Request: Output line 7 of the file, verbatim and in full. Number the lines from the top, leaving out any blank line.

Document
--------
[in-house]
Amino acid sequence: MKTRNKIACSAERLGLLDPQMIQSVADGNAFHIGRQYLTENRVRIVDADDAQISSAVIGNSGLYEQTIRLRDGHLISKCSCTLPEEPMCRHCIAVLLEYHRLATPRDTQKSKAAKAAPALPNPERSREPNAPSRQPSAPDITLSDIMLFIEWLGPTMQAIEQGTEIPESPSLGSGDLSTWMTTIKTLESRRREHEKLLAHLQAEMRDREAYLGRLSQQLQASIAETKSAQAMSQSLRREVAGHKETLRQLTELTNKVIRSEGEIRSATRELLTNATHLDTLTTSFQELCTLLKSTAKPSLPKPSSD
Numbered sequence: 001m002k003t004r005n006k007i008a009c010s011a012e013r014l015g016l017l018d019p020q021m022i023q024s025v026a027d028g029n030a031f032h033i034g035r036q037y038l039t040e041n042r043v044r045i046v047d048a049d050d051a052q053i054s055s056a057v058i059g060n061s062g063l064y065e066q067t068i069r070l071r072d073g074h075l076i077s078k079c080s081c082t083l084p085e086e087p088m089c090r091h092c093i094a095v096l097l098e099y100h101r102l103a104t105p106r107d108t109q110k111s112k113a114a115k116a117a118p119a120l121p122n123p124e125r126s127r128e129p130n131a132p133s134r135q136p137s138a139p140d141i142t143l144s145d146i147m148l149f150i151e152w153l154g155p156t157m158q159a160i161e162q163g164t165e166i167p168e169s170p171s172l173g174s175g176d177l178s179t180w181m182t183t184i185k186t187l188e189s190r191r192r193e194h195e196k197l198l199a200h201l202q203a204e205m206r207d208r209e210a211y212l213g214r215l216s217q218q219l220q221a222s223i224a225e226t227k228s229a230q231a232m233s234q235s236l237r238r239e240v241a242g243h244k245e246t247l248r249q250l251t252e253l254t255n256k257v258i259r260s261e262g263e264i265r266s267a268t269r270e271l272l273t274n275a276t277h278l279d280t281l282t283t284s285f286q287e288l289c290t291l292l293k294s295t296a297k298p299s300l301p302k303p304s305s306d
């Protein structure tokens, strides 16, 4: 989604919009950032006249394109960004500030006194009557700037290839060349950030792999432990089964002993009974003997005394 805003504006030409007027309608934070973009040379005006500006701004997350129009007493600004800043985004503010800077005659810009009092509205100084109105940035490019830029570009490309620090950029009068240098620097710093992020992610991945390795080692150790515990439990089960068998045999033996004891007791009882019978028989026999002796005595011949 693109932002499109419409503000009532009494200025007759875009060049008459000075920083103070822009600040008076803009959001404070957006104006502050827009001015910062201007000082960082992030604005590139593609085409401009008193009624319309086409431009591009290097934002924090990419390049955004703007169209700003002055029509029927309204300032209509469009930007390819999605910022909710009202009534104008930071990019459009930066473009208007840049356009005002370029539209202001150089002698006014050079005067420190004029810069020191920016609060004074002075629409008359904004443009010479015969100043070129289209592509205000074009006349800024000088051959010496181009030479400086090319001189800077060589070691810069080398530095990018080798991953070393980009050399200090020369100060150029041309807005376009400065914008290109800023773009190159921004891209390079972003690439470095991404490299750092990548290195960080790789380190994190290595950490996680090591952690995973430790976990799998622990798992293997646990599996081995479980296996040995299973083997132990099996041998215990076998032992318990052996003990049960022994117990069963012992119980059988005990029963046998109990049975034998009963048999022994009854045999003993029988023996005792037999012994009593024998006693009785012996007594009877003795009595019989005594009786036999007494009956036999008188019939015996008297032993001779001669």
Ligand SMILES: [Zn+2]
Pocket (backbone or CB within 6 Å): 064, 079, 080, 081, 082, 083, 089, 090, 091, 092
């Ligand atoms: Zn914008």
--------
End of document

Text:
């Ligand atoms: Zn914008």